Saturday, October 30, 2010

It is always better to do it right

I had an experience yesterday that I want to share with my music educator friends out there.

Let me start by saying that it has been a fantastic start to the school year in my orchestra. My ensemble is a nice mix of seasoned seniors and talented juniors that are figuring out the NCSSM way of doing things. Most of my students are super-busy and have really made a big commitment to participate in orchestra. We are a busy community. We are primarily busy academically. Our students all take a rigorous schedule of science, math, and humanities courses and have very high expectations of themselves. A good way to describe it would be to take your top 5% of your students and put them together with about 600 more of them. That would be us.

Over the past term, we have been preparing for our October 31 concert, among other things. One of our planned pieces for the concert was to do the Carl Simpson adaptation of Pictures at an Exhibition. We were to do it with our Wind Ensemble and Orchestra combined. As many terms go, we could have used a bit more rehearsal and sort of came down to the wire on this one. Things were a bit ragged at our penultimate rehearsal and we decided to have one last extra rehearsal on Friday after school.

At this point, it is important to mention that there is plenty of other material for the program tomorrow. The orchestra has several numbers that they will do, along with a couple of accompaniment pieces to do with our Chorus. The Wind Ensemble has several pieces as well and will also welcome a local community group to their concert as a guest. All other pieces are very well prepared and will go really well.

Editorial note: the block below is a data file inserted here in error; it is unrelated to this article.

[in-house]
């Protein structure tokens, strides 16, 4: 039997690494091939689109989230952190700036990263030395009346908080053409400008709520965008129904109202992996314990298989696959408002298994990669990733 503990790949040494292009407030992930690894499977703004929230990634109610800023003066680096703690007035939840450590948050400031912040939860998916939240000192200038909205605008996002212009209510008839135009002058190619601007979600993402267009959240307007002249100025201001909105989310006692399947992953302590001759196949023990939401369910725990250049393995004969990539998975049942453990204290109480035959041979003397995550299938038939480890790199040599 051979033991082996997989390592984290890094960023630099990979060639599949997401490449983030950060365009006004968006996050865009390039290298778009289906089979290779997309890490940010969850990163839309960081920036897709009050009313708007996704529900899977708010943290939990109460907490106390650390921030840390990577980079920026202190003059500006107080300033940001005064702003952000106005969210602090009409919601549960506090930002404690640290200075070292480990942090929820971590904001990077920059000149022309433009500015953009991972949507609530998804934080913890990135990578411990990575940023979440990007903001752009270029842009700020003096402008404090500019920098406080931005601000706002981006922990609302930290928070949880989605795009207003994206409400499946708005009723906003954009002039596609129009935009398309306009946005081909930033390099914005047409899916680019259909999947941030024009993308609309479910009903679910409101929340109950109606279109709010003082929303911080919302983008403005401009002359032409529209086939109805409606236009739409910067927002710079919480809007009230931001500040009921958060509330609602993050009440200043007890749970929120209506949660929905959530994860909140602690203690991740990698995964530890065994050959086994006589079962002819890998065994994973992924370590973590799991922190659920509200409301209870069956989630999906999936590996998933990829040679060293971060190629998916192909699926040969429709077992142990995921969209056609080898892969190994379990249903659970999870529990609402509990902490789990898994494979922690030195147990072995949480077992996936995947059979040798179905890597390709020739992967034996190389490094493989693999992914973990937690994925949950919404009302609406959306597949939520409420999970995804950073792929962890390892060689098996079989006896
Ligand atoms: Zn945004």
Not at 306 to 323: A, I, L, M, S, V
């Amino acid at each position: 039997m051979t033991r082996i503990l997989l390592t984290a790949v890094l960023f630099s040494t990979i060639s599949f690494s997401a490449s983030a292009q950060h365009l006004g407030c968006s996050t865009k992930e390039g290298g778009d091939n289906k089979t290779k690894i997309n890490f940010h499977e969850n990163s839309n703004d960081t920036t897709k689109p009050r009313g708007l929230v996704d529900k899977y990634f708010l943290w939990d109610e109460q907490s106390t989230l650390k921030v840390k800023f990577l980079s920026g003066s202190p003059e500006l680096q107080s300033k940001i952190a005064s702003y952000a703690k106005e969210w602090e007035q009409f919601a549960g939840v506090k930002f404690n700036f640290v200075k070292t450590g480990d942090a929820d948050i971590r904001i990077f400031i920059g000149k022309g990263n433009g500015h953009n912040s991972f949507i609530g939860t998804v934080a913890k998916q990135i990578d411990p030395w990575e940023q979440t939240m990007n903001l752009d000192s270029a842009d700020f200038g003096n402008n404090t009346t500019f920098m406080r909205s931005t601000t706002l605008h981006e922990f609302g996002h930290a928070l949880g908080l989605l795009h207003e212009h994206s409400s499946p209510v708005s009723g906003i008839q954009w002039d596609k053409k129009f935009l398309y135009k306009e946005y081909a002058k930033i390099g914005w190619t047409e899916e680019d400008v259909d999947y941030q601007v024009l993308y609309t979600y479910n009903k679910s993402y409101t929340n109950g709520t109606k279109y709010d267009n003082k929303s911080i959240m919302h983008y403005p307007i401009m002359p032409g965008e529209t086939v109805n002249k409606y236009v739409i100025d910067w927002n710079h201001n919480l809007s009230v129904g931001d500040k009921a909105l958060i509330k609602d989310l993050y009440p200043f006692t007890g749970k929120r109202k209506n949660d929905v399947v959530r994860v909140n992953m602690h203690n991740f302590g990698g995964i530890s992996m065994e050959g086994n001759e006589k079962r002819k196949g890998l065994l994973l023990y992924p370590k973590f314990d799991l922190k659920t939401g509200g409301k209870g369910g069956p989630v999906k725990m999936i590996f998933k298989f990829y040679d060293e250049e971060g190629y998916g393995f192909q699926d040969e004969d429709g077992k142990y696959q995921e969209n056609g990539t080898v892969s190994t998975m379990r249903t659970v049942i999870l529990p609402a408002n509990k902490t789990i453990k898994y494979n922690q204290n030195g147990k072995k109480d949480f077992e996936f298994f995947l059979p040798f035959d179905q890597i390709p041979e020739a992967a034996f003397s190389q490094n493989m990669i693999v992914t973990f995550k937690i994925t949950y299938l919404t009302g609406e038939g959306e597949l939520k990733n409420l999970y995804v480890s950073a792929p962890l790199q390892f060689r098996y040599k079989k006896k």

Friday after school, after a long day of finishing up classes for the term, prepping for exams, and a variety of other details to finish, everyone showed up after school for our last rehearsal on Pictures. I couldn't have asked for anything more. Everyone was into it. They were on task, prepared to work, and very focused. There was only one problem. We were still under-prepared. These fine young musicians and scholars just needed some more time on this difficult and mature piece of music to fully pull it off in a concert setting. We were certainly getting closer, but we just were not there yet.

Decision time. As I sat and weighed our options, it occurred to me that we could go one of two ways. We could play the piece with a bit of an apology to our audience. "We really wanted to tackle this piece." Or, "It really is a hard piece, so please excuse the wrong notes." Or, we would do what I consider the right thing and hold off on the piece until it is fully prepared. So often, I hear orchestras perform music that is only partially prepared. Or, music that is simply too hard for the ensemble. It never really makes sense to me. Why try to play something that is not fully achievable?